“As a representative of Course Hero, I would say, try to get your university to not block us anymore. That would be great,” Morris says, later clarifying that that was a joke. “But honestly, I mean, the OER is generally available other places as well,” meaning that other sites are also hosting the text from these open course materials. For example: Joshua Halpern, a core team member for the Libretexts OER project, says that his group moved over about 150 to 200 books to their platform.

“And I don't know, on our end, if there's something we can do to help with folks who find that that content is suddenly blocked, I would say they should reach out to our customer service folks and try to find support there. Because chances are, we'll try to help them,” Morris says.

The move also prompted questions about whether Lumen is changing its views about OER.

The company says it’s about hosting expenses.

Course Hero taking over hosting does not mean that hosting OER is no longer part of Lumen's mission and does not signal a sea-change, David Wiley, Lumen’s chief academic officer, said in an email interview with EdSurge.

“While we have stopped hosting OER that we did not support [referring to the community-created OER content transferred to Course Hero], we continue to host a large collection of highly effective OER that we do support,” Wiley wrote, characterizing Lumen’s connection to OER as “unchanged.”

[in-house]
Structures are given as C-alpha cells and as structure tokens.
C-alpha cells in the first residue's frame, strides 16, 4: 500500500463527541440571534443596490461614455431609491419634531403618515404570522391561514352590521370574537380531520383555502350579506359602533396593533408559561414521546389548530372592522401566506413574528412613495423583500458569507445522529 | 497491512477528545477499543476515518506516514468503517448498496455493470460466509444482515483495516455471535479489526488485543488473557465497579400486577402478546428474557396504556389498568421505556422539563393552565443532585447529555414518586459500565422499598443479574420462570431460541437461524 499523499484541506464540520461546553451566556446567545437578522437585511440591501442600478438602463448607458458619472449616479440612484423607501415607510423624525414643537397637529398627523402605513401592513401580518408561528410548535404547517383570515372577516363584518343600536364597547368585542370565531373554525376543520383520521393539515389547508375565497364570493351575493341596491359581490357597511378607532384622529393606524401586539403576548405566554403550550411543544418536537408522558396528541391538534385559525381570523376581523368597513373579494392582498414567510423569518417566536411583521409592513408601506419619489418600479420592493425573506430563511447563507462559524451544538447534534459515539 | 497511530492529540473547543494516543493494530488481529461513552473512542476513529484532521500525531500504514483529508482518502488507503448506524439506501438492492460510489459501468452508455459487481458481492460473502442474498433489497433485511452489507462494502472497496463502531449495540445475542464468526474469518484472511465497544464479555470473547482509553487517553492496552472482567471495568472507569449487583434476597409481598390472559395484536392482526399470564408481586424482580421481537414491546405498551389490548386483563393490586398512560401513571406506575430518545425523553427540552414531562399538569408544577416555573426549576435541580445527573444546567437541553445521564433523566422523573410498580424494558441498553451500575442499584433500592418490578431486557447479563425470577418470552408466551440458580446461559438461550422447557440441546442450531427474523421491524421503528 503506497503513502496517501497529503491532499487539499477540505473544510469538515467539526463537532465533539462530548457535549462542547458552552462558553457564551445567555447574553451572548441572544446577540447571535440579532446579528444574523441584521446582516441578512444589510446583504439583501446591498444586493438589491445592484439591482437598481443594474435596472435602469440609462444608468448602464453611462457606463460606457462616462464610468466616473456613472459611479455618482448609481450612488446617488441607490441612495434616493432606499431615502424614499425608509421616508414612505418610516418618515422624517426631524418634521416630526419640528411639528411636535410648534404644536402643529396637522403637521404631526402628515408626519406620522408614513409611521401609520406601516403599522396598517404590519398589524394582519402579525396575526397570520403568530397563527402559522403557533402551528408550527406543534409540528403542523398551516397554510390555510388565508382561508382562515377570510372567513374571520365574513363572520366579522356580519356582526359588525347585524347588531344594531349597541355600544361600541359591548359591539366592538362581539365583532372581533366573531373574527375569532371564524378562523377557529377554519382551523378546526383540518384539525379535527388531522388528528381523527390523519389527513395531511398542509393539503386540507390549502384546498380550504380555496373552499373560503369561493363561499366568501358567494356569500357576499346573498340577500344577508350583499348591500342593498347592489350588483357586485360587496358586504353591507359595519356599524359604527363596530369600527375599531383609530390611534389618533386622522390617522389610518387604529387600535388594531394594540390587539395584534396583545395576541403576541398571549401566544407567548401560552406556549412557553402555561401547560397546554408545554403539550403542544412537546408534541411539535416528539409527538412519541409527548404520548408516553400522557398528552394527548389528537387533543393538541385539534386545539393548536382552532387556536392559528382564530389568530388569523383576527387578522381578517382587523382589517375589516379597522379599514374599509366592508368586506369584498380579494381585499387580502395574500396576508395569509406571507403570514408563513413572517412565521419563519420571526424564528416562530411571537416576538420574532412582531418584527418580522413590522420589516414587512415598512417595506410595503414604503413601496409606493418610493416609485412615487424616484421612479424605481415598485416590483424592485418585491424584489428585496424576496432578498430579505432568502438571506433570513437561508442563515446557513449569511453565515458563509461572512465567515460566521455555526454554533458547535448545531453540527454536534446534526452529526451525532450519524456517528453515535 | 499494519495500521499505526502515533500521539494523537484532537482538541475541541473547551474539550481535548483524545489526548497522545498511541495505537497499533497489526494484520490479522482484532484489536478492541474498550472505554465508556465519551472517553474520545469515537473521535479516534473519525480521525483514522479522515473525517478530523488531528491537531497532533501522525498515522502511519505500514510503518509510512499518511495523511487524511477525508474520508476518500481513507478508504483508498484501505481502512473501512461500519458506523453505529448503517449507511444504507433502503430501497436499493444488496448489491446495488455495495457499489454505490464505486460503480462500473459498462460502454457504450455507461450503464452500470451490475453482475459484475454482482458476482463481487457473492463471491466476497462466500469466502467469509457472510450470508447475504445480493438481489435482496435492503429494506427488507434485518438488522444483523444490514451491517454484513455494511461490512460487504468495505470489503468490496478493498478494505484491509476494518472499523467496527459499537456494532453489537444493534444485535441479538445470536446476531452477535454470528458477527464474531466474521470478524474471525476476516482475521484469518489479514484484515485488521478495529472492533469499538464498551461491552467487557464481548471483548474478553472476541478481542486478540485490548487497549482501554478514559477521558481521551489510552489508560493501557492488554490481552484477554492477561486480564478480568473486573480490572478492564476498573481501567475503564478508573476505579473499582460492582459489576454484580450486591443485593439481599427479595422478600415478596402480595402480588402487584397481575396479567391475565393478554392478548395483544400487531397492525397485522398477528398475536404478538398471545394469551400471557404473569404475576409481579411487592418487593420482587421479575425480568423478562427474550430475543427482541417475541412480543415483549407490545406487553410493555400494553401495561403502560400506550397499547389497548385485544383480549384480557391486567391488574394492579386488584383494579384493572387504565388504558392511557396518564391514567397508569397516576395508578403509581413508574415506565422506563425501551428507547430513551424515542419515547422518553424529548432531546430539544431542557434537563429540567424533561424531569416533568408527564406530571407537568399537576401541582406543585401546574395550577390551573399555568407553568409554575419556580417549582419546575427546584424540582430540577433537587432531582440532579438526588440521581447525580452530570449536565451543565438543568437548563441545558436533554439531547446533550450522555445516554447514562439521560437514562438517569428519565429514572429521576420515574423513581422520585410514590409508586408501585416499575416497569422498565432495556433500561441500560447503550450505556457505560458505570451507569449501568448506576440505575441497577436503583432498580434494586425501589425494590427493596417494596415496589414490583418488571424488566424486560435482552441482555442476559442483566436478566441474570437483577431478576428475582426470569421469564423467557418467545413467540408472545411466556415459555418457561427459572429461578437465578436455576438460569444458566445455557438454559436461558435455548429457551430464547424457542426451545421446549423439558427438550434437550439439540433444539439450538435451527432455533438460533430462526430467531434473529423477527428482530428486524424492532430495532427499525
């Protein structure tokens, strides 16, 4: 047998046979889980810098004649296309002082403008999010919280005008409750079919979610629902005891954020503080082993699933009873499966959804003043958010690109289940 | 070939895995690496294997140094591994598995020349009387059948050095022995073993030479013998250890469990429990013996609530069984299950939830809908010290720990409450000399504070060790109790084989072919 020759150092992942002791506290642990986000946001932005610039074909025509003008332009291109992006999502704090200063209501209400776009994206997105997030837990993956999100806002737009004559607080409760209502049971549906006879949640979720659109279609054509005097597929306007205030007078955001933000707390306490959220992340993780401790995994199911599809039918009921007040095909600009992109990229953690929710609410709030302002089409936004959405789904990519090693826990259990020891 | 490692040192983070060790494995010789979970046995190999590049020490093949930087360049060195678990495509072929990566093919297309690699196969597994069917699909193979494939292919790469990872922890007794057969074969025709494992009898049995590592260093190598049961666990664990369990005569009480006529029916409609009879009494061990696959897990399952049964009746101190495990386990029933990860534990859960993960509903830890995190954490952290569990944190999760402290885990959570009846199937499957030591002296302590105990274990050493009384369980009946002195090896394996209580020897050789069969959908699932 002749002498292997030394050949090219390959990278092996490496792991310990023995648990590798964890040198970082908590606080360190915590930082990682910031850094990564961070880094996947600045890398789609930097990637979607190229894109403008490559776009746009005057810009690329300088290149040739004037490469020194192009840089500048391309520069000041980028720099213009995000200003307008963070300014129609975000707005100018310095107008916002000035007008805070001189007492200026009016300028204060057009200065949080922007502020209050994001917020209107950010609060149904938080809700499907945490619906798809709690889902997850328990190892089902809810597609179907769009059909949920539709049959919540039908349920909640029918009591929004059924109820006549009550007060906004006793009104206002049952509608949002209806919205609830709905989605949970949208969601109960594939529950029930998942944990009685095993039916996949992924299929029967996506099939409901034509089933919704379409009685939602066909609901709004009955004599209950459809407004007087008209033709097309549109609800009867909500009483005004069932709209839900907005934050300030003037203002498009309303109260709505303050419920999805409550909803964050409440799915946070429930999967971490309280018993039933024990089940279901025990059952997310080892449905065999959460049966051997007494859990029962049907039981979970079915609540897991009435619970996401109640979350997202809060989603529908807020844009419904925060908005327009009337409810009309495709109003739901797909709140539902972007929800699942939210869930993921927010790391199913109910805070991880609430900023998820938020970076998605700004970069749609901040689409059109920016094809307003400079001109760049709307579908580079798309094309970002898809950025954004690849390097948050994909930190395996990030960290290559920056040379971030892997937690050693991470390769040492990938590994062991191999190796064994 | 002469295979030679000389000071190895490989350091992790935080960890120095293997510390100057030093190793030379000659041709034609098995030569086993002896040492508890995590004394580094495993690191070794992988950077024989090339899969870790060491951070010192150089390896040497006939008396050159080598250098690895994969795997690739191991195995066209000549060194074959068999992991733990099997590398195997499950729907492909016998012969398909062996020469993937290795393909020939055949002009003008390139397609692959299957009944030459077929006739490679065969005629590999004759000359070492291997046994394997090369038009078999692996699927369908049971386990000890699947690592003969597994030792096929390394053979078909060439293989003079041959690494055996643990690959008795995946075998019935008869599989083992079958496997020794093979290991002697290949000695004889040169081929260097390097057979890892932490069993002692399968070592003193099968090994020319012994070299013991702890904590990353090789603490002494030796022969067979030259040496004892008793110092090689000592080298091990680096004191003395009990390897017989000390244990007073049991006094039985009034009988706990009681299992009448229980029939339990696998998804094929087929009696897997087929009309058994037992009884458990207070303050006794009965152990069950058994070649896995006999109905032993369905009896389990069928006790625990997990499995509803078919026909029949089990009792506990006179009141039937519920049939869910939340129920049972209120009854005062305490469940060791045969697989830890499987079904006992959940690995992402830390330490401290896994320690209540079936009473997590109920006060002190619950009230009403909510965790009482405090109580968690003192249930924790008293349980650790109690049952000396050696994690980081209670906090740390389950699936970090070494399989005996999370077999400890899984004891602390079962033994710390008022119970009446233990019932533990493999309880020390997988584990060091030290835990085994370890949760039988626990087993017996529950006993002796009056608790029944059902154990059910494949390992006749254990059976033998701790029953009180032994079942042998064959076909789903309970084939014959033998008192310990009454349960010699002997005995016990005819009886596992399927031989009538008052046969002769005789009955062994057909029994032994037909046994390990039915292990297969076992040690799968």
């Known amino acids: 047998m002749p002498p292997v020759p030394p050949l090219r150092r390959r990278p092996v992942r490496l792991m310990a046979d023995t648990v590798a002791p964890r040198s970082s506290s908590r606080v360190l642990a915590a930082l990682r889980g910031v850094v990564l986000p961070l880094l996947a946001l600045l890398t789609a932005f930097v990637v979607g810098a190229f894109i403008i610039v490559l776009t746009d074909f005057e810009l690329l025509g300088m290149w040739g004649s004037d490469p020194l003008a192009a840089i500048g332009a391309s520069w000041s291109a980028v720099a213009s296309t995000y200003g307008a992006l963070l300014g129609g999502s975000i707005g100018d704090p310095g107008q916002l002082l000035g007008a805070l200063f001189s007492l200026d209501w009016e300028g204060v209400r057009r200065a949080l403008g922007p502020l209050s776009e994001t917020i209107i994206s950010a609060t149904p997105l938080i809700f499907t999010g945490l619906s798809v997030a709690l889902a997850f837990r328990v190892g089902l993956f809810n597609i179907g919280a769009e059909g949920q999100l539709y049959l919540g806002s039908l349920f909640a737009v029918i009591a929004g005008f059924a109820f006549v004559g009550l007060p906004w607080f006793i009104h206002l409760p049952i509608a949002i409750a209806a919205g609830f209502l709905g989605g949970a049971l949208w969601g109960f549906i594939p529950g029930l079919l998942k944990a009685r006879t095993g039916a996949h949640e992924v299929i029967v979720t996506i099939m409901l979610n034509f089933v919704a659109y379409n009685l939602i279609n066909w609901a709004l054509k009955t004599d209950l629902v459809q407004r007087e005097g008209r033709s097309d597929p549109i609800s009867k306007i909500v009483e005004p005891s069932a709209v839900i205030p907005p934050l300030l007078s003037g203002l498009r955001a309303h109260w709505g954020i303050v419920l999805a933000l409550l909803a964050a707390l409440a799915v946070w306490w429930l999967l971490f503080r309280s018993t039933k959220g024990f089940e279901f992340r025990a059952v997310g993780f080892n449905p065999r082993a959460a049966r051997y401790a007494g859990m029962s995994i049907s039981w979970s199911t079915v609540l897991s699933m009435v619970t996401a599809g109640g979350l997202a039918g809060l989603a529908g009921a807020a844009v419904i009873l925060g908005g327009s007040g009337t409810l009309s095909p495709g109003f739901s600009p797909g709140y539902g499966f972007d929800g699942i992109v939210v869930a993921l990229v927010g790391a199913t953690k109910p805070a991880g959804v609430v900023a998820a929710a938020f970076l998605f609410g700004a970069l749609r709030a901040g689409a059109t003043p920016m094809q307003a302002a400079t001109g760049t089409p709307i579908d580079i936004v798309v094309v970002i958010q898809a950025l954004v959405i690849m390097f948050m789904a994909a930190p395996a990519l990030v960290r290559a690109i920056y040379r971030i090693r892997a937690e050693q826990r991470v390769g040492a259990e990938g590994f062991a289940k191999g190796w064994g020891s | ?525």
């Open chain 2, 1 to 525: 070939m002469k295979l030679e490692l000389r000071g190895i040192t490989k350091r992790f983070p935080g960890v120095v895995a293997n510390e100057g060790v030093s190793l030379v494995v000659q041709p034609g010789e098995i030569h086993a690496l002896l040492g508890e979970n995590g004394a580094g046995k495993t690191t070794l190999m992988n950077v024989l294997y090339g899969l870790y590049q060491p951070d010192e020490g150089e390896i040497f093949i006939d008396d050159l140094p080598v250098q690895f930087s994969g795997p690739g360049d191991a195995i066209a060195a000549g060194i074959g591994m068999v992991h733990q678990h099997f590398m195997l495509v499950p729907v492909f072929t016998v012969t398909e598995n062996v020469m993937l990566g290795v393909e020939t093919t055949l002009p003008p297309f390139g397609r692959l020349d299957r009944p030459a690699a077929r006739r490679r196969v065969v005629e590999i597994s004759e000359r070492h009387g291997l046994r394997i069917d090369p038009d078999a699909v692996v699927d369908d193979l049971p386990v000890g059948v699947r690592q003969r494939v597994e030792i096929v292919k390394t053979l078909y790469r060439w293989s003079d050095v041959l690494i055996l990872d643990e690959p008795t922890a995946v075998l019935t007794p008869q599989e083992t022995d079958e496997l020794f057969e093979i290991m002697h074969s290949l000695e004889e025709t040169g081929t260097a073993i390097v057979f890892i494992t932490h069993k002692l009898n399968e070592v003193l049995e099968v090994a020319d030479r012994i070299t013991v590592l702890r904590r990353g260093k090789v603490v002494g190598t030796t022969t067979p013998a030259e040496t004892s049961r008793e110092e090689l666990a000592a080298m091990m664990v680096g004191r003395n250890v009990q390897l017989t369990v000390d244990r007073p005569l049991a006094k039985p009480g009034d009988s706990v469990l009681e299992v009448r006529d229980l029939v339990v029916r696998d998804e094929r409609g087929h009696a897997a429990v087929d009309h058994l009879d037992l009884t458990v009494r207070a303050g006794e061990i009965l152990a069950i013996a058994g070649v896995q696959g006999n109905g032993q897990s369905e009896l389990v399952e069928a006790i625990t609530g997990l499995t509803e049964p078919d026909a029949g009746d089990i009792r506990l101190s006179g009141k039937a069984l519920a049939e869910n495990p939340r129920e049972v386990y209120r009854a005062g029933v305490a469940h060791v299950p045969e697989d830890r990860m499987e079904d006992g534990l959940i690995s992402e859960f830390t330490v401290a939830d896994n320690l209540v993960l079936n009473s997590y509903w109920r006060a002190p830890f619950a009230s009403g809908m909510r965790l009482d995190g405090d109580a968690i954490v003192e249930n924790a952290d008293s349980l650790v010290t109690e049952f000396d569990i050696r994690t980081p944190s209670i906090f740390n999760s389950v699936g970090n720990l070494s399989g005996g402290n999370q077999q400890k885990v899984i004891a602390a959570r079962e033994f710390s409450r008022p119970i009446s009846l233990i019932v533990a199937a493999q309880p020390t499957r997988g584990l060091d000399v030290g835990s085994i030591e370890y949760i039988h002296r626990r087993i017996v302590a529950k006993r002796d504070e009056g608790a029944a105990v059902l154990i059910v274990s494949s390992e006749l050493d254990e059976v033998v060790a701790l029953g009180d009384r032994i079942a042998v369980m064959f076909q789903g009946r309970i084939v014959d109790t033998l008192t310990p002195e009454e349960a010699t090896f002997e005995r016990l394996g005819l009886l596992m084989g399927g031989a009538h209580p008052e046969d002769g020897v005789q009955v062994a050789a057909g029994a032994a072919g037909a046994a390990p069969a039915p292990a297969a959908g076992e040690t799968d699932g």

Lumen can offer courseware built from OER "far less expensively" than they can offer courseware built from royalty-bearing content, Wiley claims, adding that they can use data to improve the efficacy of their course offerings, which is ultimately "central to our mission to improve outcomes for students."

Relationship to Publishing

For some, the hosting change speaks to a larger shift in publishing.

In recent years, major publishers have dropped textbooks in favor of digital homework platforms, says Steel Wagstaff, a product manager for Pressbooks, a company that makes open source software. And that’s changed OER, too: Openly licensed materials aren’t just about textbooks anymore, but about courseware, Wagstaff argues.

Halpern of Libretext suggests there’s a shift going on in OER as well. OpenStax has closed its community authoring program, CNX, he points out. And Pressbooks also recently switched its individual OER author plans to a subscription model, after expanding editorial features.

“I think Lumen has had a narrowing of their product focus, to serve a very specific function or need in the world,” Wagstaff says.

Lumen has set its sights on closing the achievement gap for disadvantaged students, for which they received a grant from the Gates Foundation earlier this year. They believe that that can be done effectively, with openly licensed content, using its courseware platform, which is cheaper than the platforms of major publishers like McGraw Hill, Cengage or Pearson, Wagstaff says.

If your main interest in OER is to adopt a book for free, then the hosting change isn’t such a big deal, except perhaps that people “feel scuzzy” about Course Hero being the ones hosting the content, he says.

However, it may be a bigger deal, he says, if the interest is in revising and remixing the content. Although the content has an open license, it’s conceivable that it will be harder for technical reasons to edit and make copies of the content on Course Hero’s platform, depending on what Course Hero is doing to host the content, he suggests.